The reason I chose ESXi is
(a) you named it...it's the most mature of them all
(b) it's the hypervisor I am most familiar with
(c) considering the HCL it's very easy to get servers with vmware Support (as long as there is a _real_ RAID controller in the server)
I have 10 years+ experience with vmware (I even used their GSX product once!), so i never _really_ had to make a Support call *knock on wood!*....and if I have to do so, I have to bite the bullet and pay for Support!
The "Company" I rolled out ESXi 5.5 for is a NGO...so Labor cost is Close to nothing....so even a day of downtime is _way_ cheaper as the 600$ for the product.
If there is Budget for two servers and the 600 bucks for the product, I am the last one to consider against buying the full product.....but in this case I have to count every penny twice before spending it.
What I want to say....if a copany treats the userbase bad (even if they use the free product) I am thinking twice before buying their full product...but thats me...YMMV!
For me it looks like they want to abandon the free hypervisor just like they did with VMware Server and force us to buy licenses.
If this is their strategy I have to get familiar with another type of hypervisor (like Hyper-V...AFAIK it is free as long as you have one Windows Server in your Organisation!)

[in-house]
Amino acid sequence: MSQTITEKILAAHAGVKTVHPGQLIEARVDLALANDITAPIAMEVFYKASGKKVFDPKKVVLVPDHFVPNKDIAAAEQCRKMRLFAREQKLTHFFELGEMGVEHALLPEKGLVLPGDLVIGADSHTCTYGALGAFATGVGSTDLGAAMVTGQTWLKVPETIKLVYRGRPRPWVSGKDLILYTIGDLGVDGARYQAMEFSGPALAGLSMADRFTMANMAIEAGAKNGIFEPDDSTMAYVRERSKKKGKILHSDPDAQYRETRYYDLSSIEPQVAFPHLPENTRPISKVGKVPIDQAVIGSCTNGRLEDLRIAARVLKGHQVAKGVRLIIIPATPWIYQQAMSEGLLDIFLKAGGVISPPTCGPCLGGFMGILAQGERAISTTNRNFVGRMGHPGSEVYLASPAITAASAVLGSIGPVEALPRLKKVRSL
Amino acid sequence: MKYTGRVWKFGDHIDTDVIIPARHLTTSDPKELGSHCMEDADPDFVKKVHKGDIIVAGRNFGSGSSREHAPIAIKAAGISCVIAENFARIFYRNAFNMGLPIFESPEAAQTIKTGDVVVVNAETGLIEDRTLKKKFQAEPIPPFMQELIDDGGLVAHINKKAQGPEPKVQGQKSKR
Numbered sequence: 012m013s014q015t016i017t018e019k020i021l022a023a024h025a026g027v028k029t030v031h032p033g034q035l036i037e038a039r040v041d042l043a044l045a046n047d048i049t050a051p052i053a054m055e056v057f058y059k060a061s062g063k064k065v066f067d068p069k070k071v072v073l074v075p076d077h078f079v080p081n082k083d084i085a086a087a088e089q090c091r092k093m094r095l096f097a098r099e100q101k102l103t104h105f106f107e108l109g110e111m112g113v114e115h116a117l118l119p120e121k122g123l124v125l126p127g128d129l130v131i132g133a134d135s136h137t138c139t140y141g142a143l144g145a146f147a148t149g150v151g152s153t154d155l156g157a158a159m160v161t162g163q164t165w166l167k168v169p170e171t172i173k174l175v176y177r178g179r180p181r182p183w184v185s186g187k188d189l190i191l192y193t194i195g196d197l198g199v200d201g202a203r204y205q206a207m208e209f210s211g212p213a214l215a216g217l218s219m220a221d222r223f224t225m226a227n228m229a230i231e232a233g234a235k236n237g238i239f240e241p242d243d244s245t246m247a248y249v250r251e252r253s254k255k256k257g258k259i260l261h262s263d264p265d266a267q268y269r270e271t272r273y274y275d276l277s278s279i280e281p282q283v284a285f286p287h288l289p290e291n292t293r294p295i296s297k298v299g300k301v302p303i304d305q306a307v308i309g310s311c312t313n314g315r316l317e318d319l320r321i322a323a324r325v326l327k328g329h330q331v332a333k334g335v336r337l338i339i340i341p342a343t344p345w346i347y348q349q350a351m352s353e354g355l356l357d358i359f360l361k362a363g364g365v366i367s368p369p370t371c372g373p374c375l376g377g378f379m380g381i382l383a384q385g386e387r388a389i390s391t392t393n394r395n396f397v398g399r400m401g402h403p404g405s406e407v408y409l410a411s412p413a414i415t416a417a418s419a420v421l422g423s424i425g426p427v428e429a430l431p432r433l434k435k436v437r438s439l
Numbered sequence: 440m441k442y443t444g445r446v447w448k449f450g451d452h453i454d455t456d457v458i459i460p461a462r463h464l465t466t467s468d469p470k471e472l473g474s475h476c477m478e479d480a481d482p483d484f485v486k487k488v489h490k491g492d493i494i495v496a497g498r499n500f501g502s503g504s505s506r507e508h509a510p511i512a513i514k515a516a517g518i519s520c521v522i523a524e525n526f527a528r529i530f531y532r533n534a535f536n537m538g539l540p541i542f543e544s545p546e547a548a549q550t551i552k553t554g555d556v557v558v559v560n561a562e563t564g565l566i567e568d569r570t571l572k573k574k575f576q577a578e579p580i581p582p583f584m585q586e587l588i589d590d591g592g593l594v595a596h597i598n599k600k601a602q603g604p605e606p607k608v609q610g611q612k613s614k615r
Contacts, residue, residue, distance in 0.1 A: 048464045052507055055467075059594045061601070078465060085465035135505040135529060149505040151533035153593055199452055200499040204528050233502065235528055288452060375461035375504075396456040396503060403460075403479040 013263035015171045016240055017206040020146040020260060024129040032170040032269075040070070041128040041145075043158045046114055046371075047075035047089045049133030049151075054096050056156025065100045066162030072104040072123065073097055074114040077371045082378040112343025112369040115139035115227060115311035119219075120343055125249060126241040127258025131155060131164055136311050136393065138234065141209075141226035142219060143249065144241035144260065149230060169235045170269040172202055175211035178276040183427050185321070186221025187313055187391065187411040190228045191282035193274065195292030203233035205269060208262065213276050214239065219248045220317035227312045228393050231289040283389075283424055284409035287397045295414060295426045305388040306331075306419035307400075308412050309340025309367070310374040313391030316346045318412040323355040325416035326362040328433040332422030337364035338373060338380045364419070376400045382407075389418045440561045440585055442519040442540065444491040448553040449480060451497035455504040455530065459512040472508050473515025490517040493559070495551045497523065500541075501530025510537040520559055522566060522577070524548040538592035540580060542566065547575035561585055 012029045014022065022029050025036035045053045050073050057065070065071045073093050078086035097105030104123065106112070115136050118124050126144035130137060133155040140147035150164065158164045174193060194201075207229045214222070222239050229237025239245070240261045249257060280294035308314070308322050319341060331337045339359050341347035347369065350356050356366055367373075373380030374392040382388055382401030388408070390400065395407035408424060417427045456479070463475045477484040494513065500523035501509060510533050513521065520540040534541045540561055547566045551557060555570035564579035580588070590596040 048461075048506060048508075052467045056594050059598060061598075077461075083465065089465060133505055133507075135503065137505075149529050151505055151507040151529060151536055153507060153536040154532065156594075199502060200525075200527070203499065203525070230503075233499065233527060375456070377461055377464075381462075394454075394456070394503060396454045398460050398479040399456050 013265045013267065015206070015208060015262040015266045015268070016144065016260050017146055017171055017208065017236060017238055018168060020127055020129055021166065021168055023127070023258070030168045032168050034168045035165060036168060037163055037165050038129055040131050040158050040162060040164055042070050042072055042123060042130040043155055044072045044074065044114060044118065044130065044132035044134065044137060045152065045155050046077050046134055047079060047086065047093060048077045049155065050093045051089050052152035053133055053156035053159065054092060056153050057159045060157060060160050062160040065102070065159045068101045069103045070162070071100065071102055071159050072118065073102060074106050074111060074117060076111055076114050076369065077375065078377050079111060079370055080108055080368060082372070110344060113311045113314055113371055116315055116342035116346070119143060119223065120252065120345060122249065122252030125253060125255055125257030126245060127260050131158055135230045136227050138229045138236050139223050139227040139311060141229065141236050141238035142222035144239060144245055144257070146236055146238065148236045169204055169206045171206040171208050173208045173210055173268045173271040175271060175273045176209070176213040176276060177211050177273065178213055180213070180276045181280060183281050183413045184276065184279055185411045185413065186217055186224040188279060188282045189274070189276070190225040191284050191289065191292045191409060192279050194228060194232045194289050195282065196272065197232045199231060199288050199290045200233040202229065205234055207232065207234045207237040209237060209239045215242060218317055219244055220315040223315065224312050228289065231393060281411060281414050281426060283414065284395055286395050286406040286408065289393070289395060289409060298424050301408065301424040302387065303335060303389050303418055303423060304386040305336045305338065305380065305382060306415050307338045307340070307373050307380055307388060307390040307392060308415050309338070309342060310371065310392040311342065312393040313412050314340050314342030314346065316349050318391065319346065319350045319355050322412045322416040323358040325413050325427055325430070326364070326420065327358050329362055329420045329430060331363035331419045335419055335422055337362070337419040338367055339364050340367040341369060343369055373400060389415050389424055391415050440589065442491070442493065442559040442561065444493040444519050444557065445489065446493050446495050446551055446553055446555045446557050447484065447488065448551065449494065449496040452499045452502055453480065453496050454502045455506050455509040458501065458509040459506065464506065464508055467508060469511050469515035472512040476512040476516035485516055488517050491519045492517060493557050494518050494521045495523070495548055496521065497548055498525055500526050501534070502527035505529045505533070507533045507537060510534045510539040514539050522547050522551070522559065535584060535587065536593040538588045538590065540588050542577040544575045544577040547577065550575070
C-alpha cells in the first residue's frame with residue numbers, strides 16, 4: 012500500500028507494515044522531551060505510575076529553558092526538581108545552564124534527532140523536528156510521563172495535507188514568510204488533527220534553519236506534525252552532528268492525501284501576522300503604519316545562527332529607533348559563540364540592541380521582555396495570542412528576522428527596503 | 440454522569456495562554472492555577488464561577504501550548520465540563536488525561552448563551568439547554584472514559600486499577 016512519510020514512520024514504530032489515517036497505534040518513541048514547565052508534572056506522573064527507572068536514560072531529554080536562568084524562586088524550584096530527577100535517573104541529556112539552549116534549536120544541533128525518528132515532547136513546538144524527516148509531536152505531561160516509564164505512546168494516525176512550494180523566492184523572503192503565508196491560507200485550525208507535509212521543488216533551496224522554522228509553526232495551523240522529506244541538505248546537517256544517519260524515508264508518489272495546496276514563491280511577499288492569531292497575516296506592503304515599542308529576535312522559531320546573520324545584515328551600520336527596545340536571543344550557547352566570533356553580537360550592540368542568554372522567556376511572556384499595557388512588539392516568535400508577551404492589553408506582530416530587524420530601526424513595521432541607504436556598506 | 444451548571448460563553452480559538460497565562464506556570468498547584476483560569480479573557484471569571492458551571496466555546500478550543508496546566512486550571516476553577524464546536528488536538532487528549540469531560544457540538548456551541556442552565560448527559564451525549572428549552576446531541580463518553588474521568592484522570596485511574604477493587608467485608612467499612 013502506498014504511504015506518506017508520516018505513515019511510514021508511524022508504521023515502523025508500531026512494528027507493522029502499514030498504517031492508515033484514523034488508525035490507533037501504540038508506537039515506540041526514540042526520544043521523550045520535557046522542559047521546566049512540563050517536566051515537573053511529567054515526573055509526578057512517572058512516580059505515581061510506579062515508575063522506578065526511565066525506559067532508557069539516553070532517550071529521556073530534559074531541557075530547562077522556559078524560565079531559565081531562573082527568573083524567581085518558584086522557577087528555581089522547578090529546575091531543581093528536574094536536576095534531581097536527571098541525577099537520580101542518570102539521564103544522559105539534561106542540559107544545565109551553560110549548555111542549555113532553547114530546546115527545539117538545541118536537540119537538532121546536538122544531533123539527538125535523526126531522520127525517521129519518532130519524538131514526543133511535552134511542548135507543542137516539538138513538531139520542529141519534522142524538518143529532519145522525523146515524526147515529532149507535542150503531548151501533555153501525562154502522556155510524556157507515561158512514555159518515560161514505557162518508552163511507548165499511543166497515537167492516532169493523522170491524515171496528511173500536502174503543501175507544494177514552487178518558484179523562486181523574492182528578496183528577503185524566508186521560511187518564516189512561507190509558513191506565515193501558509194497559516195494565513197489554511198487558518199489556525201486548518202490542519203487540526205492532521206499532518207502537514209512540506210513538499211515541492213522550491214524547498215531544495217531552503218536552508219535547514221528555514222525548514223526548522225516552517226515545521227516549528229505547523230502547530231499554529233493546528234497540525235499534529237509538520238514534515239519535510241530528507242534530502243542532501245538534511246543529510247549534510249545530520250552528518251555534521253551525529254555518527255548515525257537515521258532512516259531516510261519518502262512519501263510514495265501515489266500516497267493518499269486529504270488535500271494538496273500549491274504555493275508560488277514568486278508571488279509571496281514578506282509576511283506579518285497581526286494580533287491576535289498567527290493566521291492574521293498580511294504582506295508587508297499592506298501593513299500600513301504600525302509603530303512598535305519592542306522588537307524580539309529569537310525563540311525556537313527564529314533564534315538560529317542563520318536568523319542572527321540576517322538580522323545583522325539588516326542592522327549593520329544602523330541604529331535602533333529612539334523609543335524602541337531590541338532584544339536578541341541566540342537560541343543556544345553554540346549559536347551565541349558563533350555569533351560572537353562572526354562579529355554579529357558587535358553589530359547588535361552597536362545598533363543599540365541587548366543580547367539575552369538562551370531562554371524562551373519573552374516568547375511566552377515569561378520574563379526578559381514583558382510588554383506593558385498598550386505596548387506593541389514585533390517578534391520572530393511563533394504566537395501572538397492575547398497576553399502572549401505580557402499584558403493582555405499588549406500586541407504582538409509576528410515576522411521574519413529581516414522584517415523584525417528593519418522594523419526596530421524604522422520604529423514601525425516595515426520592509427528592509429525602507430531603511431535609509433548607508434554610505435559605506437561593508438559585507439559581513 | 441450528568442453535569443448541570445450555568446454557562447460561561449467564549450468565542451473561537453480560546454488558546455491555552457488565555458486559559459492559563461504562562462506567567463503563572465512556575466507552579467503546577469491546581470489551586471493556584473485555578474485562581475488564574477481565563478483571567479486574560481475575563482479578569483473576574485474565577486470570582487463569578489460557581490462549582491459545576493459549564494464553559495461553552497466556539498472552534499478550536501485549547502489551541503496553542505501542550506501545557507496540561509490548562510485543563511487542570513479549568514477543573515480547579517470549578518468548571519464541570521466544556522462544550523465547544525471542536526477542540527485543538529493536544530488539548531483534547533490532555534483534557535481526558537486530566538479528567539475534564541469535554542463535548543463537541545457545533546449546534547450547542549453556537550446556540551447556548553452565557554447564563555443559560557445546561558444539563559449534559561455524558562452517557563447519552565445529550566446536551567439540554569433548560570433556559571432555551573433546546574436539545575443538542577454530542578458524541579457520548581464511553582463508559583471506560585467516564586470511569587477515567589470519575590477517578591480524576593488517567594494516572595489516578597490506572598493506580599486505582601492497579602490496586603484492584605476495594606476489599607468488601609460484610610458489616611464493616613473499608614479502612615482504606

Microsoft released a fully bare metal version of Hyper-V 2012 that's free: Microsoft Hyper-V Server 2012 | Virtualization | VDI You'll noticed the click free download button there. I will say this, I have setup a bare metal Hyper-V server and it's not fun (at least on 2012, R2 might be better.) But, anywho it's free.
The problem, ancoleman, is that the Essentials kit truly isn't worth the money. You barely get more support than the free version (You get the 'required' support but you still have pay per incident support), and you don't get any more features. No HA. No vMotion. No replication. Nothing. You only get the vCenter server, which frankly, without even vMotion, is pointless, and at this point is hideously bloated. Compare that to the free offerings from MS and Citrix, where you get FAR more for free, and the pay editions are less than VMware. In Xenservers case, you get ALL functionality for free, and if you choose to purchase it, you get included support and you can automate patch management using XenCenter. The free version can do EVERYTHING the pay version can except the Automated installation of patches, upgrades and maintenance releases. Hyper-V is very similar, although I've had a hard time finding an actual side by side comparison of what is available in their free version vs paid. Two things I'm quite sure are in the free version are LiveMigration and storage migration. Two things you can't even do with the essentials kit - you need at least the essentials plus kit to get vMotion, and if you want Storage Migration, you must move up to vSphere standard for $1800/socket.